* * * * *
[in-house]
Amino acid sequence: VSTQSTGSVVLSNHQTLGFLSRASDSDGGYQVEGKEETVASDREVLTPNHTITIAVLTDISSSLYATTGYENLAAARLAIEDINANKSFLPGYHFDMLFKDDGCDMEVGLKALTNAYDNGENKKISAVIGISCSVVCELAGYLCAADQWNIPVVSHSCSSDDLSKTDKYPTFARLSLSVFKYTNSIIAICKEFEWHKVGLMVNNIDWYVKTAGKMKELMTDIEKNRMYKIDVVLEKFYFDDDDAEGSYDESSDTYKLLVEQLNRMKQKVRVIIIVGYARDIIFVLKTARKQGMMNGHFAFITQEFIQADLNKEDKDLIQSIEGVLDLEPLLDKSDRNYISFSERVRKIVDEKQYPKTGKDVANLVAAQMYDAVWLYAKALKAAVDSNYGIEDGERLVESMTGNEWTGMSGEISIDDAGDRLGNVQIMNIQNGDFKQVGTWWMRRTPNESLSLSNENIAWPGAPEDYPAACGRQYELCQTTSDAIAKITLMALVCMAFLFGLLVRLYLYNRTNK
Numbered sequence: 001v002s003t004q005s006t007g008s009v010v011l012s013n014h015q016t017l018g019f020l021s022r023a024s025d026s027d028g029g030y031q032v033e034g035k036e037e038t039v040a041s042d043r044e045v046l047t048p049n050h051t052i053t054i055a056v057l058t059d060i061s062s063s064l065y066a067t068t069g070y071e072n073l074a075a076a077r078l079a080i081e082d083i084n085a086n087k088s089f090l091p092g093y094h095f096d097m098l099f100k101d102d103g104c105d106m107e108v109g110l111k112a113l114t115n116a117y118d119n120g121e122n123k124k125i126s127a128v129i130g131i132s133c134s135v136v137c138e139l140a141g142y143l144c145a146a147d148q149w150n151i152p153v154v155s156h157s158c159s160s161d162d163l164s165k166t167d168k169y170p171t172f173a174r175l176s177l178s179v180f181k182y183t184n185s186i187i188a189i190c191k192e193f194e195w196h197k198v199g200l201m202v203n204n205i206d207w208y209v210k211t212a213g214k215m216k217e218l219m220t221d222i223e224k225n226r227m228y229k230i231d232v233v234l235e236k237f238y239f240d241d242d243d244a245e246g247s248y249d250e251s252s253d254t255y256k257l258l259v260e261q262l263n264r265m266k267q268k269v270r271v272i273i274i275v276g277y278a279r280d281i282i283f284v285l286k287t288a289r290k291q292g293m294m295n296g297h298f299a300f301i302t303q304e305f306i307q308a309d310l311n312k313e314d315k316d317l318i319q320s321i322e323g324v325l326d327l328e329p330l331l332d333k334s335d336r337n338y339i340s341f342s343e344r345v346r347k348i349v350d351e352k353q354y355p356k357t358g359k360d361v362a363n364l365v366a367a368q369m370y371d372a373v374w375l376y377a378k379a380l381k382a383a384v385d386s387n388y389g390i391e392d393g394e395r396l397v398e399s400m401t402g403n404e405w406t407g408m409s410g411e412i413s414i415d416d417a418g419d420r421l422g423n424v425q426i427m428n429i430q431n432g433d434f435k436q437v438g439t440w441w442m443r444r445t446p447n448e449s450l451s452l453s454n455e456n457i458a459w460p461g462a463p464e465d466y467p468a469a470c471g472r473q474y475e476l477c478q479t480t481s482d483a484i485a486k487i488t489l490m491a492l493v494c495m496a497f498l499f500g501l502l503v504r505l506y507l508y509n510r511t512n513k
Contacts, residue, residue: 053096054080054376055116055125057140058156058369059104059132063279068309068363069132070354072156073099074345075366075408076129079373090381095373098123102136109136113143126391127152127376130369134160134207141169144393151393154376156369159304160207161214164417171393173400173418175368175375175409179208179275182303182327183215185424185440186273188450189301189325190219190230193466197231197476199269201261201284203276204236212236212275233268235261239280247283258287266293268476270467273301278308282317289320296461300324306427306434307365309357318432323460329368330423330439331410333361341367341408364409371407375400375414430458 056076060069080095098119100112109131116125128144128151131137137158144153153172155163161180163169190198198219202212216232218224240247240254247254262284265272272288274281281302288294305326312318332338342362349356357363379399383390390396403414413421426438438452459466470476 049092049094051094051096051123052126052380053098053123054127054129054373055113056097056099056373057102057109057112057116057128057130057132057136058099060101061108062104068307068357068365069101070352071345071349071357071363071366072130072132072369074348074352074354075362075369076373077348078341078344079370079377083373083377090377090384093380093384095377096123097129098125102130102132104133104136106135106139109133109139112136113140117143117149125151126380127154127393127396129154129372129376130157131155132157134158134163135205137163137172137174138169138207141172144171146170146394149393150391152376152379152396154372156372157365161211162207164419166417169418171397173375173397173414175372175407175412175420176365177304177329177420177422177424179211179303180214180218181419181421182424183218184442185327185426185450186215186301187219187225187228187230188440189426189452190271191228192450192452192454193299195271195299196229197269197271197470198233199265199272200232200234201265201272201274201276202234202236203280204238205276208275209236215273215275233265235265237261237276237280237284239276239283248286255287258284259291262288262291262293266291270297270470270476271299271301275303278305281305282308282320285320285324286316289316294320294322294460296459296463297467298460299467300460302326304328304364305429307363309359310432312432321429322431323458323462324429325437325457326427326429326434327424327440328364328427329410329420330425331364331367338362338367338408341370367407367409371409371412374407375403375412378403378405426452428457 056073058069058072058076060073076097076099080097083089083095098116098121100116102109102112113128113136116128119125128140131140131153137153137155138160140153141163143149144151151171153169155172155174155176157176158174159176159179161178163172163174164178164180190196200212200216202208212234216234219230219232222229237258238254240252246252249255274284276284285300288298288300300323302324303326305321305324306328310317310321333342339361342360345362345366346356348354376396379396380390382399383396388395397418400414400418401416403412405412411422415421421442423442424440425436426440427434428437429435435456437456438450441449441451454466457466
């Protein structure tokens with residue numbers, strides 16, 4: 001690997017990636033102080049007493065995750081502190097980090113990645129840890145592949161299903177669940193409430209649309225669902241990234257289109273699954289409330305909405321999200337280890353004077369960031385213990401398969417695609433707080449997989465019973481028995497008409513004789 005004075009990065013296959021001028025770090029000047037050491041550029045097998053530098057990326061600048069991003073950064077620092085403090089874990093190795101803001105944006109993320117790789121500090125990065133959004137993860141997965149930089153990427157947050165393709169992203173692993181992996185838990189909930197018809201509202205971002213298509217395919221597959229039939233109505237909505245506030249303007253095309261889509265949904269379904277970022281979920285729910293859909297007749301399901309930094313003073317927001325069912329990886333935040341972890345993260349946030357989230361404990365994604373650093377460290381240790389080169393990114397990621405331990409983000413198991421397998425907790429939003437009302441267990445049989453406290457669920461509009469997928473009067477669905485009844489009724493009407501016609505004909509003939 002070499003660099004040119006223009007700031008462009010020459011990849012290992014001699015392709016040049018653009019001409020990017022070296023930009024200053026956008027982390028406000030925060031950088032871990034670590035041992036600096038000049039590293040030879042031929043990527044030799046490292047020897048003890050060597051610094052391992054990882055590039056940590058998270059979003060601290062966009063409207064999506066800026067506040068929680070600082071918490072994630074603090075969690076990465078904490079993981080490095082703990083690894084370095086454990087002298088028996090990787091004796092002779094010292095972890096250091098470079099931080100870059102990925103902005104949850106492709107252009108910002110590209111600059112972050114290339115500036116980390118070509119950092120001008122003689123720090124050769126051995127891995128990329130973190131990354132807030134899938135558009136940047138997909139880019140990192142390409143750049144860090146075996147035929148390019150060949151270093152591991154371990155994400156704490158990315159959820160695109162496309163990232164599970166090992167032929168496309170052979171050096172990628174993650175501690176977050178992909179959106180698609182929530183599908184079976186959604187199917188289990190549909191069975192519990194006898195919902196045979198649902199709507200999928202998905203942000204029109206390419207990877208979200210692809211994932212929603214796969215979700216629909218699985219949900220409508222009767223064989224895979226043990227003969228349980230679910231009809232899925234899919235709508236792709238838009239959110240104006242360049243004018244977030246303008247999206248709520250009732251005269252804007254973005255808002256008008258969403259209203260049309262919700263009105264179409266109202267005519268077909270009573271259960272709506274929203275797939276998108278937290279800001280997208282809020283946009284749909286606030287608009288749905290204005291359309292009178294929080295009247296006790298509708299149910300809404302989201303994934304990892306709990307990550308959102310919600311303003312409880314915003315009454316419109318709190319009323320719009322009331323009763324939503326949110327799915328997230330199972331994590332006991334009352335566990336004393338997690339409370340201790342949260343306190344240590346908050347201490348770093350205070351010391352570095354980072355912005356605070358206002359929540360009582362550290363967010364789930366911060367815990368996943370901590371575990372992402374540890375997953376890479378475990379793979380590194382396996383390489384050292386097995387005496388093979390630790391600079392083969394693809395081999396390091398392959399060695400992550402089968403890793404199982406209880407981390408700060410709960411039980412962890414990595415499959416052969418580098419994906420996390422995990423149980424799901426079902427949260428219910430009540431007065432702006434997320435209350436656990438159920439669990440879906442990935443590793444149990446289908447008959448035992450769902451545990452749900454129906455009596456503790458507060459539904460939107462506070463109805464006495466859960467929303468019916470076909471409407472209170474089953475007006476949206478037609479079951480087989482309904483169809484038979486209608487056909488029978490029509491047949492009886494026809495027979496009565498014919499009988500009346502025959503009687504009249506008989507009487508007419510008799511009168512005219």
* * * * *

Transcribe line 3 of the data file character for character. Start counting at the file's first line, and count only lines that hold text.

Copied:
Numbered sequence: 001v002s003t004q005s006t007g008s009v010v011l012s013n014h015q016t017l018g019f020l021s022r023a024s025d026s027d028g029g030y031q032v033e034g035k036e037e038t039v040a041s042d043r044e045v046l047t048p049n050h051t052i053t054i055a056v057l058t059d060i061s062s063s064l065y066a067t068t069g070y071e072n073l074a075a076a077r078l079a080i081e082d083i084n085a086n087k088s089f090l091p092g093y094h095f096d097m098l099f100k101d102d103g104c105d106m107e108v109g110l111k112a113l114t115n116a117y118d119n120g121e122n123k124k125i126s127a128v129i130g131i132s133c134s135v136v137c138e139l140a141g142y143l144c145a146a147d148q149w150n151i152p153v154v155s156h157s158c159s160s161d162d163l164s165k166t167d168k169y170p171t172f173a174r175l176s177l178s179v180f181k182y183t184n185s186i187i188a189i190c191k192e193f194e195w196h197k198v199g200l201m202v203n204n205i206d207w208y209v210k211t212a213g214k215m216k217e218l219m220t221d222i223e224k225n226r227m228y229k230i231d232v233v234l235e236k237f238y239f240d241d242d243d244a245e246g247s248y249d250e251s252s253d254t255y256k257l258l259v260e261q262l263n264r265m266k267q268k269v270r271v272i273i274i275v276g277y278a279r280d281i282i283f284v285l286k287t288a289r290k291q292g293m294m295n296g297h298f299a300f301i302t303q304e305f306i307q308a309d310l311n312k313e314d315k316d317l318i319q320s321i322e323g324v325l326d327l328e329p330l331l332d333k334s335d336r337n338y339i340s341f342s343e344r345v346r347k348i349v350d351e352k353q354y355p356k357t358g359k360d361v362a363n364l365v366a367a368q369m370y371d372a373v374w375l376y377a378k379a380l381k382a383a384v385d386s387n388y389g390i391e392d393g394e395r396l397v398e399s400m401t402g403n404e405w406t407g408m409s410g411e412i413s414i415d416d417a418g419d420r421l422g423n424v425q426i427m428n429i430q431n432g433d434f435k436q437v438g439t440w441w442m443r444r445t446p447n448e449s450l451s452l453s454n455e456n457i458a459w460p461g462a463p464e465d466y467p468a469a470c471g472r473q474y475e476l477c478q479t480t481s482d483a484i485a486k487i488t489l490m491a492l493v494c495m496a497f498l499f500g501l502l503v504r505l506y507l508y509n510r511t512n513k